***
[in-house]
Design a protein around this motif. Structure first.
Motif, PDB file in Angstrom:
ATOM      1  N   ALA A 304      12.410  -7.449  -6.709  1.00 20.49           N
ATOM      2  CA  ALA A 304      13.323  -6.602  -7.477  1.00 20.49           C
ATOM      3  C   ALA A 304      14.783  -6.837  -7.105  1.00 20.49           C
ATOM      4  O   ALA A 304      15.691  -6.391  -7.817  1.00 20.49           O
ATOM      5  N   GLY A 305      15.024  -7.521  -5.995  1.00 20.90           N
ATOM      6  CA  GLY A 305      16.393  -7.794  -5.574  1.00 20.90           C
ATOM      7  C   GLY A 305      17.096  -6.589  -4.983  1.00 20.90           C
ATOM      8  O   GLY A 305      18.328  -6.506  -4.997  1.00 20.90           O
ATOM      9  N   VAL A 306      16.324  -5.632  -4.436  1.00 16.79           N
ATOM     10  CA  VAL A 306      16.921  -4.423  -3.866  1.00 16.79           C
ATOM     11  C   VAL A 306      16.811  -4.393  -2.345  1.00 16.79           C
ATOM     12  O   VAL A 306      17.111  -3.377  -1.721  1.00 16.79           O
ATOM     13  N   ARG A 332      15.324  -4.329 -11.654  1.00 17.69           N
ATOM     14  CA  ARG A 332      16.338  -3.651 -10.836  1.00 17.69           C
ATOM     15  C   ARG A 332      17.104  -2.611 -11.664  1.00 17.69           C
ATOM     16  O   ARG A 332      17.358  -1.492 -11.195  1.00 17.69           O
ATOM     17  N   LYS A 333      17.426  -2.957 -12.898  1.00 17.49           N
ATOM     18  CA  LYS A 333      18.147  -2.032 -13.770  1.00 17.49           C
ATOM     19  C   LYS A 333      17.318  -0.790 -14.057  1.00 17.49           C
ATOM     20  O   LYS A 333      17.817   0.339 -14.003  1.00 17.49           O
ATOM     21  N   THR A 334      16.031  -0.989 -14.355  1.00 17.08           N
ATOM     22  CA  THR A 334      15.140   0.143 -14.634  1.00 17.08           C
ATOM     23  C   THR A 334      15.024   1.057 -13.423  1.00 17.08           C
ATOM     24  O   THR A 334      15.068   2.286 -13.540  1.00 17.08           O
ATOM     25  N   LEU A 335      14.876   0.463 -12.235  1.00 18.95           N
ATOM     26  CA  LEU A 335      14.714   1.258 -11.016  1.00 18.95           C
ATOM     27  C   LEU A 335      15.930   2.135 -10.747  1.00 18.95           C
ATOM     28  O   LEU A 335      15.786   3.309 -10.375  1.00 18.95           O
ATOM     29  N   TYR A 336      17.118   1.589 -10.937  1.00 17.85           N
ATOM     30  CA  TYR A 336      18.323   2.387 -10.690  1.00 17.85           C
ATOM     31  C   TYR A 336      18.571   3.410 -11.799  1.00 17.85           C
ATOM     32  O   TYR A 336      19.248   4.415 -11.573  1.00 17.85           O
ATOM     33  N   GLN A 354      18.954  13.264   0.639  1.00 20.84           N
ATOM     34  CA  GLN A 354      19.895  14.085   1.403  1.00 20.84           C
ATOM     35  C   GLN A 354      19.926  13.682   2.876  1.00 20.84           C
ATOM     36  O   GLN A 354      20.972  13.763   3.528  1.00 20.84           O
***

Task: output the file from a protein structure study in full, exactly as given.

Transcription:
[in-house]
Design a protein around this motif. Structure first.
Motif, PDB file in Angstrom:
ATOM      1  N   ALA A 304      12.410  -7.449  -6.709  1.00 20.49           N
ATOM      2  CA  ALA A 304      13.323  -6.602  -7.477  1.00 20.49           C
ATOM      3  C   ALA A 304      14.783  -6.837  -7.105  1.00 20.49           C
ATOM      4  O   ALA A 304      15.691  -6.391  -7.817  1.00 20.49           O
ATOM      5  N   GLY A 305      15.024  -7.521  -5.995  1.00 20.90           N
ATOM      6  CA  GLY A 305      16.393  -7.794  -5.574  1.00 20.90           C
ATOM      7  C   GLY A 305      17.096  -6.589  -4.983  1.00 20.90           C
ATOM      8  O   GLY A 305      18.328  -6.506  -4.997  1.00 20.90           O
ATOM      9  N   VAL A 306      16.324  -5.632  -4.436  1.00 16.79           N
ATOM     10  CA  VAL A 306      16.921  -4.423  -3.866  1.00 16.79           C
ATOM     11  C   VAL A 306      16.811  -4.393  -2.345  1.00 16.79           C
ATOM     12  O   VAL A 306      17.111  -3.377  -1.721  1.00 16.79           O
ATOM     13  N   ARG A 332      15.324  -4.329 -11.654  1.00 17.69           N
ATOM     14  CA  ARG A 332      16.338  -3.651 -10.836  1.00 17.69           C
ATOM     15  C   ARG A 332      17.104  -2.611 -11.664  1.00 17.69           C
ATOM     16  O   ARG A 332      17.358  -1.492 -11.195  1.00 17.69           O
ATOM     17  N   LYS A 333      17.426  -2.957 -12.898  1.00 17.49           N
ATOM     18  CA  LYS A 333      18.147  -2.032 -13.770  1.00 17.49           C
ATOM     19  C   LYS A 333      17.318  -0.790 -14.057  1.00 17.49           C
ATOM     20  O   LYS A 333      17.817   0.339 -14.003  1.00 17.49           O
ATOM     21  N   THR A 334      16.031  -0.989 -14.355  1.00 17.08           N
ATOM     22  CA  THR A 334      15.140   0.143 -14.634  1.00 17.08           C
ATOM     23  C   THR A 334      15.024   1.057 -13.423  1.00 17.08           C
ATOM     24  O   THR A 334      15.068   2.286 -13.540  1.00 17.08           O
ATOM     25  N   LEU A 335      14.876   0.463 -12.235  1.00 18.95           N
ATOM     26  CA  LEU A 335      14.714   1.258 -11.016  1.00 18.95           C
ATOM     27  C   LEU A 335      15.930   2.135 -10.747  1.00 18.95           C
ATOM     28  O   LEU A 335      15.786   3.309 -10.375  1.00 18.95           O
ATOM     29  N   TYR A 336      17.118   1.589 -10.937  1.00 17.85           N
ATOM     30  CA  TYR A 336      18.323   2.387 -10.690  1.00 17.85           C
ATOM     31  C   TYR A 336      18.571   3.410 -11.799  1.00 17.85           C
ATOM     32  O   TYR A 336      19.248   4.415 -11.573  1.00 17.85           O
ATOM     33  N   GLN A 354      18.954  13.264   0.639  1.00 20.84           N
ATOM     34  CA  GLN A 354      19.895  14.085   1.403  1.00 20.84           C
ATOM     35  C   GLN A 354      19.926  13.682   2.876  1.00 20.84           C
ATOM     36  O   GLN A 354      20.972  13.763   3.528  1.00 20.84           O